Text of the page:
RE: UI for enabling webcam use from untrusted content

Is there a difference between "displaying the video viewfinder to the user" and "recording and uploading video to a remote website"?

Should there be? It may be that I just don't like the "recording" terminology.

With local HTML5 application there are a number of scenarios where local use of the camera and/or microphone is useful, but they aren't strictly "recording" - ie, the video is manipulated locally and then thrown away.

I think asking for device permission is still a requirement in these cases, but there is a difference between this and when the video is sent to a remote site.


> -----Original Message-----
> From: [mailto:public-device-apis-
>] On Behalf Of Tran, Dzung D
> Sent: Thursday, 10 December 2009 8:45 AM
> To: Ian Hickson; Robin Berjon
> Cc:
> Subject: RE: UI for enabling webcam use from untrusted content
> > Ian wrote:
> >
> > I agree, but what UI would you propose to let the user distinguish
> Google
> > Video Chat from Hostile Evil Corp?
> >
> > Arve Bersvendsen wrote:
> >
> >   The problem here is if really
> >   belongs to and start
> >   recording company-internal meetings without your knowledge.
> Just a thought,
> I think this is orthogonal issue to the capture API. The same problem
> applies to any type of data such as credit card info, login password,
> ..etc. If the user got hi-jacked by some evil corp, then how would the
> user knows to turn off his camera or provide his credit card info.
> UI could be as simple as the <video> tag:
>              +---------------------------+
>              |                           |
>              |                           |
>              |     ( ) Video Chat        |
>              |          with Mom         |
>              |                           |
>              |                           |
>              +---------------------------+
>              | ( ) stop     * recording..|
>              +---------------------------+
> Another issue is what happen when it is covered by another application
> or hidden by a TAB page.
> Thanks
> Dzung Tran,
> -----Original Message-----
> From: Ian Hickson []
> Sent: Wednesday, December 09, 2009 02:43 AM
> To: Robin Berjon; Tran, Dzung D
> Cc:
> Subject: Re: UI for enabling webcam use from untrusted content
> On Tue, 8 Dec 2009, Robin Berjon wrote:
> >
> > A quick few notes, I've been thinking along similar lines.
> >
> > First: distinguishing audio and video is sort of a geek approach to
> > things.
> Oh I didn't mean to imply that we would actually show video and audio
> options separately. I just meant those as two different devices. If it
> helps, consider instead a built-in iSight vs an external camera, or a
> webcam and a joystick controller, or an infrared port, or a CNC lathe,
> or
> digital train controller, or a serial port, or a USB fishtank, or
> anything
> else we might want to expose one day.
> > Another related note: how many "devices" (by which I mean things that
> > the user perceives as possibly grouped) are we likely to ever want to
> > enable simultaneously?
> The question is how should we handle it when a Web page asks for more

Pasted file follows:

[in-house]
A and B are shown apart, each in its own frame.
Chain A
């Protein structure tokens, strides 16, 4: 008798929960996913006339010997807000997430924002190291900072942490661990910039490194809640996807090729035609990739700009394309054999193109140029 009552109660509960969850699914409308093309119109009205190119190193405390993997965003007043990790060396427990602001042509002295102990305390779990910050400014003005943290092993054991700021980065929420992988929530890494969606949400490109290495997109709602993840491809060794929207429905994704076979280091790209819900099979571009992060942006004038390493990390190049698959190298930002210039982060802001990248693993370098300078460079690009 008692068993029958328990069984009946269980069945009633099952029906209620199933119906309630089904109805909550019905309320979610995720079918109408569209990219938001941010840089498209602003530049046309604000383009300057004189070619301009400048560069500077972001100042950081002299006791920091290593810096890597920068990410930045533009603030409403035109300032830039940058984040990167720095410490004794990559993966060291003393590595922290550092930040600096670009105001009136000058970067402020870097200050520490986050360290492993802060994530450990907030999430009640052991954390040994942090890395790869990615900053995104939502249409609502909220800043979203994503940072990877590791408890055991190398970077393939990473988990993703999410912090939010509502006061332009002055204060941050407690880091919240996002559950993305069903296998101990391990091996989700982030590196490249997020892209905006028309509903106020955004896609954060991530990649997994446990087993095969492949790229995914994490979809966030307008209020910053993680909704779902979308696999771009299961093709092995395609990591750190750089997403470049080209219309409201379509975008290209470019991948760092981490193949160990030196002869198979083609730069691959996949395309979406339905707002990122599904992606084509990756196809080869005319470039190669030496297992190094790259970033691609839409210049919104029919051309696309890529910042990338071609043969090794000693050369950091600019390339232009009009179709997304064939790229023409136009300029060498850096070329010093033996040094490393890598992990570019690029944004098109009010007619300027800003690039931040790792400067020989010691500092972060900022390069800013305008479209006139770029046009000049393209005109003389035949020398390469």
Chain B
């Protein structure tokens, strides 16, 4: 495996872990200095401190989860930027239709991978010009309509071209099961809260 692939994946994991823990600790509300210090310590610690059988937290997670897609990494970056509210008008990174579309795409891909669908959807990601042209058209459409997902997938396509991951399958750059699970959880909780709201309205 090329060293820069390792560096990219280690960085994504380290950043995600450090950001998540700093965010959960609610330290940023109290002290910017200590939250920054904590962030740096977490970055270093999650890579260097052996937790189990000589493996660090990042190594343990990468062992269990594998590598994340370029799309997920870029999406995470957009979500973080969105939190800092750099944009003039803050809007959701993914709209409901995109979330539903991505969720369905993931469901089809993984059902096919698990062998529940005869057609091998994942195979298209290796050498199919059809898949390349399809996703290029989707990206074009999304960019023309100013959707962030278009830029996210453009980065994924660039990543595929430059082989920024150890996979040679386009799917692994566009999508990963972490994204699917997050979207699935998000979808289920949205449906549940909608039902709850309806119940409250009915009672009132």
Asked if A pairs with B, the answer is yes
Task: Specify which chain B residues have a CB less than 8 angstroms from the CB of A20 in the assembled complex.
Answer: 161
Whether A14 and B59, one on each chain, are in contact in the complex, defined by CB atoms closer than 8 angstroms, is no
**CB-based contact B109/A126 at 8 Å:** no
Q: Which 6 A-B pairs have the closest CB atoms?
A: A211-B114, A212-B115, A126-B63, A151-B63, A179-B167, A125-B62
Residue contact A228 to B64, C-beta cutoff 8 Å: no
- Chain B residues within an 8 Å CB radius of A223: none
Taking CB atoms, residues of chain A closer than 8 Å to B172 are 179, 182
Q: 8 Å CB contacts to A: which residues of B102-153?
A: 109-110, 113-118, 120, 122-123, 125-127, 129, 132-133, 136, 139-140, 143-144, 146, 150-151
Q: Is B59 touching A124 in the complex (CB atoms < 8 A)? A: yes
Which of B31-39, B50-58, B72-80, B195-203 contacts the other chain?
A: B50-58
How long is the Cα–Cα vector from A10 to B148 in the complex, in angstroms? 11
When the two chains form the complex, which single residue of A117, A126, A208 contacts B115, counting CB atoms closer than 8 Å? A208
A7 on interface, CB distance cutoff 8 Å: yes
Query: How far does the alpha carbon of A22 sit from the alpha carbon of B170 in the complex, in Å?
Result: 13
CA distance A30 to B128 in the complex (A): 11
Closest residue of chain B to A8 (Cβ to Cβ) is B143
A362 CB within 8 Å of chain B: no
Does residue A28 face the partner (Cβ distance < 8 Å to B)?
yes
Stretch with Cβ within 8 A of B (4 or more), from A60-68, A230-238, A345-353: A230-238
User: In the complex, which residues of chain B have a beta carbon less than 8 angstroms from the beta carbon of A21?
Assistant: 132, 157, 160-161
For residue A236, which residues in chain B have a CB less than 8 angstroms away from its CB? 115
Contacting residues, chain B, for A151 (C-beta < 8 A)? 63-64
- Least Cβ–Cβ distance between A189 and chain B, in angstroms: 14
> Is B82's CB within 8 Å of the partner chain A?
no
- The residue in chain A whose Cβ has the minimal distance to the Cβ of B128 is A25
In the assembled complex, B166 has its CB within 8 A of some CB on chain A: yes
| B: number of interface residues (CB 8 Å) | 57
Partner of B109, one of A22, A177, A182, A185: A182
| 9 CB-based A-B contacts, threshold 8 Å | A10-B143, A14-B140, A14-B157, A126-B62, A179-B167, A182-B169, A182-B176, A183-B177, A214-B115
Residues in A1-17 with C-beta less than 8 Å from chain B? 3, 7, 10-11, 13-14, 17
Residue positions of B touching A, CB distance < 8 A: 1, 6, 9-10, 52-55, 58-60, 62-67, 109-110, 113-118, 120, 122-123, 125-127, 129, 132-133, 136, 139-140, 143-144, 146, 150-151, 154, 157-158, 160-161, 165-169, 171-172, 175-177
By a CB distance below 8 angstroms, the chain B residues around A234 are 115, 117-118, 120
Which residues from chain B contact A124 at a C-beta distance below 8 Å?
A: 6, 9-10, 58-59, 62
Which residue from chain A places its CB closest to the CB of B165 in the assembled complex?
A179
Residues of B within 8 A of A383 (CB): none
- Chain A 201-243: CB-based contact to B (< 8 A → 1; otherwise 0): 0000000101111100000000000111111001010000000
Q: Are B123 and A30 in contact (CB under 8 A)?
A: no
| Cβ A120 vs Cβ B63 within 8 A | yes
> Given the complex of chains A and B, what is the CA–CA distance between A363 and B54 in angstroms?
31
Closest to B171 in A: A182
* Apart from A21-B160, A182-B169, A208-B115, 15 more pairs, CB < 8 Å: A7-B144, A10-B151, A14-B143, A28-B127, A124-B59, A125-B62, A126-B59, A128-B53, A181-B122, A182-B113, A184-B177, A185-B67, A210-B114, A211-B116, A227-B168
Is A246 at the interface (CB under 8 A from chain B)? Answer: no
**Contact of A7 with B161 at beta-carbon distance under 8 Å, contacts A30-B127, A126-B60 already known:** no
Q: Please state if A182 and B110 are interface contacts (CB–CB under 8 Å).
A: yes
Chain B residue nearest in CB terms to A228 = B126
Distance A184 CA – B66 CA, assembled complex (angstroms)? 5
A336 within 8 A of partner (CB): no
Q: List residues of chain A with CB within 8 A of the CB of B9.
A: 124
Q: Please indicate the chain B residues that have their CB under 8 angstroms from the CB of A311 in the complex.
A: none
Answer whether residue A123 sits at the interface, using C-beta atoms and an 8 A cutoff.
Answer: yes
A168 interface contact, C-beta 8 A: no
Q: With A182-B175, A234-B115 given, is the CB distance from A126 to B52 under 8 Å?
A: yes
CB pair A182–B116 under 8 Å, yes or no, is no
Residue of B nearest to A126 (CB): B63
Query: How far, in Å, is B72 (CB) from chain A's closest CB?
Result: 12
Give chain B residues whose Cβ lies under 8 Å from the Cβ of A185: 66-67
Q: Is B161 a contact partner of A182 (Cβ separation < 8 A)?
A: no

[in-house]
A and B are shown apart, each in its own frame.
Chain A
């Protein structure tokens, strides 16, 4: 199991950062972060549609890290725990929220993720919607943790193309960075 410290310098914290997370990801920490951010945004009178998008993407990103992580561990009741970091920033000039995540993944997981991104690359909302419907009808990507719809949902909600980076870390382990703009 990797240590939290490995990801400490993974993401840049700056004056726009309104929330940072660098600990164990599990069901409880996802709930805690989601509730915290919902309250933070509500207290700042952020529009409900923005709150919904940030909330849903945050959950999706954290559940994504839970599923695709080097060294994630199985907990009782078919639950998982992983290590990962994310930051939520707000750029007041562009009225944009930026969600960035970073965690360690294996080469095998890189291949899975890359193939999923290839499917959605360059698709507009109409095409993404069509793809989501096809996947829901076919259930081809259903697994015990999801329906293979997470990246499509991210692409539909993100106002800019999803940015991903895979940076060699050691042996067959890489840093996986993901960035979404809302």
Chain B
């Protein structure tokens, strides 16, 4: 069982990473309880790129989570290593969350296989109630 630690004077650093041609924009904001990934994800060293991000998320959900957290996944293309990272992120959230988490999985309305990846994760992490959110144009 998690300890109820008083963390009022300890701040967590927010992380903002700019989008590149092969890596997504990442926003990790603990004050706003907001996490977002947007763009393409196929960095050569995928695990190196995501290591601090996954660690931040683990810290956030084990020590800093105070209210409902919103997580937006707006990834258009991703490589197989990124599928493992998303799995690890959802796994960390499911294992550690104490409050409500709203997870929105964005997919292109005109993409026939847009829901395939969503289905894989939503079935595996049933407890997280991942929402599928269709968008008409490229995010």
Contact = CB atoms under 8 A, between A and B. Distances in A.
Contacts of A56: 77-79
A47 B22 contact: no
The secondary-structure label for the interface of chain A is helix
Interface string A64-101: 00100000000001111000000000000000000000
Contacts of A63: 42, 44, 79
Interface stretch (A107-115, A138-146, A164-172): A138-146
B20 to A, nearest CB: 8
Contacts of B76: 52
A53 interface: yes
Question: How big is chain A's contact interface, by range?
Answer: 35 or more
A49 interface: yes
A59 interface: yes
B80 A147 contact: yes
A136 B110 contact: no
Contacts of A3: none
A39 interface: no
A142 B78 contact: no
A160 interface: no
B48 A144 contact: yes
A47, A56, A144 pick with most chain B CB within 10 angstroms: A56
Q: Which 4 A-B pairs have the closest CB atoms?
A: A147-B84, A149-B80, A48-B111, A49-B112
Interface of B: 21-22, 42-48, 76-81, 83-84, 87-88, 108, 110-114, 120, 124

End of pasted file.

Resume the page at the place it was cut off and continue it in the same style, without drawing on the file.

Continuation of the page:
> than
> we expected any page would ever ask.
> > The approach I've been mulling over is an enhanced infobar of sorts.
> If
> > the author requests Video (in the AV sense) you get a regular infobar
> > and have to drag (or perhaps just click the icon) of the AV abstract
> > device. There can be a little ▾ next to the icon providing further
> > options to select a specific input amongst many, or disable parts of
> it
> > if it's a conceptual device grouping many. If discarded, the bar goes
> > away. If accepted, it sticks in a form that shows that same icon with
> an
> > active Rec symbol and the appropriate affordance to turn it off
> > (including turning it off temporarily, i.e. muting). If a further
> device
> > is requested while one is active, and it is also a device that needs
> to
> > be continuously shown, then the infobar+ appears below the
> "devicebar",
> > but activating a device closes it and the device's icon moves up to
> the
> > devicebar (possibly with an animation).
> >
> > It's a little convoluted to explain, but I think it would be
> reasonably
> > straightforward to understand visually as the devicebar would appear
> > only upon device activation, would stay only so long as there are
> active
> > devices, and extra devices clearly get added to it. Assuming it's
> > possible to grant permanent access to a page/origin, the devicebar
> would
> > reappear. The more I think of it the more that's actually something
> I'd
> > like to already have for Location.
> I'd be interested in hearing browser vendors' opinions on this.
> On Tue, 8 Dec 2009, Tran, Dzung D wrote:
> >
> > I don't think the user thinks in that way when it come to video chat.
> > Just take the example of Google Video Chat. The user knows that he is
> > going to video chat with his friend. He just click on his friend name
> > and the video window shows up with his friend and they start a
> > conversation.
> >
> > IMHO, All this with enable/disable microphone and webcam devices is a
> > user experience problem.
> I agree, but what UI would you propose to let the user distinguish
> Google
> Video Chat from Hostile Evil Corp?
> --
> Ian Hickson               U+1047E                )\._.,--....,'``.
> fL
>       U+263A                /,   _.. \   _\  ;`._
> ,.
> Things that are impossible just take longer.   `._.-(,_..'--(,_..'`-
> .;.'

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Received on Wednesday, 9 December 2009 22:24:53 UTC